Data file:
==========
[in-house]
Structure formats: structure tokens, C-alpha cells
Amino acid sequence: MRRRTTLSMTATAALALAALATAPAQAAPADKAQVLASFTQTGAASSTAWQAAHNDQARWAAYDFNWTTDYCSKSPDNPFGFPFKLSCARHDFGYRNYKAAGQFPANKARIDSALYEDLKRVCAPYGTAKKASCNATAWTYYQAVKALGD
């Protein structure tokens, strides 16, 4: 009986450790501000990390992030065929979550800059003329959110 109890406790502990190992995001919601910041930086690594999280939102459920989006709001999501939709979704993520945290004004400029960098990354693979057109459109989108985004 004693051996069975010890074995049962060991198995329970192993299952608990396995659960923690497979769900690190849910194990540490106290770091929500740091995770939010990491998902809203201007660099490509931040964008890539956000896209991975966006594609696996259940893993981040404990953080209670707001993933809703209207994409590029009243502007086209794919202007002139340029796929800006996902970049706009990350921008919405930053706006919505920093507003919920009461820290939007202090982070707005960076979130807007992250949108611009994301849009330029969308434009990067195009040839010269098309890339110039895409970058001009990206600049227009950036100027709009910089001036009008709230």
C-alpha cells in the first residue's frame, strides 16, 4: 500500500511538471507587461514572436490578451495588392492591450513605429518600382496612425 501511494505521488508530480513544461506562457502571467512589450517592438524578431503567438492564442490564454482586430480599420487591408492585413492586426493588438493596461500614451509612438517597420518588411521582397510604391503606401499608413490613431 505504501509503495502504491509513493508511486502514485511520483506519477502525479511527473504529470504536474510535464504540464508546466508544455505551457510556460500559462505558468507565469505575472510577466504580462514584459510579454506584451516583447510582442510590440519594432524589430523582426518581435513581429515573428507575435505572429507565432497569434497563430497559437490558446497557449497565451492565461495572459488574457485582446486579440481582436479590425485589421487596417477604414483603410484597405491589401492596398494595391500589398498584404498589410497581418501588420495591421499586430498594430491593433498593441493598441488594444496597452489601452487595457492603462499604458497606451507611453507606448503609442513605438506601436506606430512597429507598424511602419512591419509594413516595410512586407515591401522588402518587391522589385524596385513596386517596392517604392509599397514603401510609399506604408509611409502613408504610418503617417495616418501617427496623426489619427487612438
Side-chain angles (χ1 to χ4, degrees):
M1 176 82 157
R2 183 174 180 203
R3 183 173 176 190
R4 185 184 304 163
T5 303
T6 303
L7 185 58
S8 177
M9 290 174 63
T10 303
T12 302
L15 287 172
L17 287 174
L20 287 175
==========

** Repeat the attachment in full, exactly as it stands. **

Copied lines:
[in-house]
Structure formats: structure tokens, C-alpha cells
Amino acid sequence: MRRRTTLSMTATAALALAALATAPAQAAPADKAQVLASFTQTGAASSTAWQAAHNDQARWAAYDFNWTTDYCSKSPDNPFGFPFKLSCARHDFGYRNYKAAGQFPANKARIDSALYEDLKRVCAPYGTAKKASCNATAWTYYQAVKALGD
């Protein structure tokens, strides 16, 4: 009986450790501000990390992030065929979550800059003329959110 109890406790502990190992995001919601910041930086690594999280939102459920989006709001999501939709979704993520945290004004400029960098990354693979057109459109989108985004 004693051996069975010890074995049962060991198995329970192993299952608990396995659960923690497979769900690190849910194990540490106290770091929500740091995770939010990491998902809203201007660099490509931040964008890539956000896209991975966006594609696996259940893993981040404990953080209670707001993933809703209207994409590029009243502007086209794919202007002139340029796929800006996902970049706009990350921008919405930053706006919505920093507003919920009461820290939007202090982070707005960076979130807007992250949108611009994301849009330029969308434009990067195009040839010269098309890339110039895409970058001009990206600049227009950036100027709009910089001036009008709230």
C-alpha cells in the first residue's frame, strides 16, 4: 500500500511538471507587461514572436490578451495588392492591450513605429518600382496612425 501511494505521488508530480513544461506562457502571467512589450517592438524578431503567438492564442490564454482586430480599420487591408492585413492586426493588438493596461500614451509612438517597420518588411521582397510604391503606401499608413490613431 505504501509503495502504491509513493508511486502514485511520483506519477502525479511527473504529470504536474510535464504540464508546466508544455505551457510556460500559462505558468507565469505575472510577466504580462514584459510579454506584451516583447510582442510590440519594432524589430523582426518581435513581429515573428507575435505572429507565432497569434497563430497559437490558446497557449497565451492565461495572459488574457485582446486579440481582436479590425485589421487596417477604414483603410484597405491589401492596398494595391500589398498584404498589410497581418501588420495591421499586430498594430491593433498593441493598441488594444496597452489601452487595457492603462499604458497606451507611453507606448503609442513605438506601436506606430512597429507598424511602419512591419509594413516595410512586407515591401522588402518587391522589385524596385513596386517596392517604392509599397514603401510609399506604408509611409502613408504610418503617417495616418501617427496623426489619427487612438
Side-chain angles (χ1 to χ4, degrees):
M1 176 82 157
R2 183 174 180 203
R3 183 173 176 190
R4 185 184 304 163
T5 303
T6 303
L7 185 58
S8 177
M9 290 174 63
T10 303
T12 302
L15 287 172
L17 287 174
L20 287 175